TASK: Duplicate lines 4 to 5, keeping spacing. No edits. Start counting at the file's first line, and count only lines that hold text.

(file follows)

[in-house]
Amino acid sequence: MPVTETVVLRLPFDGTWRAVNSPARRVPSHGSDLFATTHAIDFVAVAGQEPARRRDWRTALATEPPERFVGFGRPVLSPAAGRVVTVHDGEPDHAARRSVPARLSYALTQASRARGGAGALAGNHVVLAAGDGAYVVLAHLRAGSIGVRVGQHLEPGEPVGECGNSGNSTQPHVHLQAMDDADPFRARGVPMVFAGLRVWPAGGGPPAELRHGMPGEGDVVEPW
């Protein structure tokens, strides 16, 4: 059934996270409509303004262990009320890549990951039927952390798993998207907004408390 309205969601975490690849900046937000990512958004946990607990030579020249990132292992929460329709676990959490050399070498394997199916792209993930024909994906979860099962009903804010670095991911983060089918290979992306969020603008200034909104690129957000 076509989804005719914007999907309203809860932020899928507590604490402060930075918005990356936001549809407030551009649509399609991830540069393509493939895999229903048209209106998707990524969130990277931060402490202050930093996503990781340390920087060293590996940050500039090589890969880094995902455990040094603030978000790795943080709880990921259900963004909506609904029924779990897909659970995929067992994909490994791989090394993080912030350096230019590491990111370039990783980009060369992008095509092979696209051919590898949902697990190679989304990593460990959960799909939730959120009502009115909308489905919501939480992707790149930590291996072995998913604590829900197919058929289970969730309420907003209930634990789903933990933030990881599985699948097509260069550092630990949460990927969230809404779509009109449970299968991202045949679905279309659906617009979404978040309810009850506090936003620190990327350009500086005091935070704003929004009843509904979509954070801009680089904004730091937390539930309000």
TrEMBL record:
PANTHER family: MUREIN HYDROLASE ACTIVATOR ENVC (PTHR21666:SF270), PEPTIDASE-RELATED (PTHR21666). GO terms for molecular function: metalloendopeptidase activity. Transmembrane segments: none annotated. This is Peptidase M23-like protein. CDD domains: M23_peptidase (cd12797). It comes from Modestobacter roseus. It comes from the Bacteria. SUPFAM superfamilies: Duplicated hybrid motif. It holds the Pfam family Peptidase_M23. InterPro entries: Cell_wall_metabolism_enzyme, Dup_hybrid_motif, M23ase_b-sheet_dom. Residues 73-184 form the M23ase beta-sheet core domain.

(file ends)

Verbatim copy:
TrEMBL record:
PANTHER family: MUREIN HYDROLASE ACTIVATOR ENVC (PTHR21666:SF270), PEPTIDASE-RELATED (PTHR21666). GO terms for molecular function: metalloendopeptidase activity. Transmembrane segments: none annotated. This is Peptidase M23-like protein. CDD domains: M23_peptidase (cd12797). It comes from Modestobacter roseus. It comes from the Bacteria. SUPFAM superfamilies: Duplicated hybrid motif. It holds the Pfam family Peptidase_M23. InterPro entries: Cell_wall_metabolism_enzyme, Dup_hybrid_motif, M23ase_b-sheet_dom. Residues 73-184 form the M23ase beta-sheet core domain.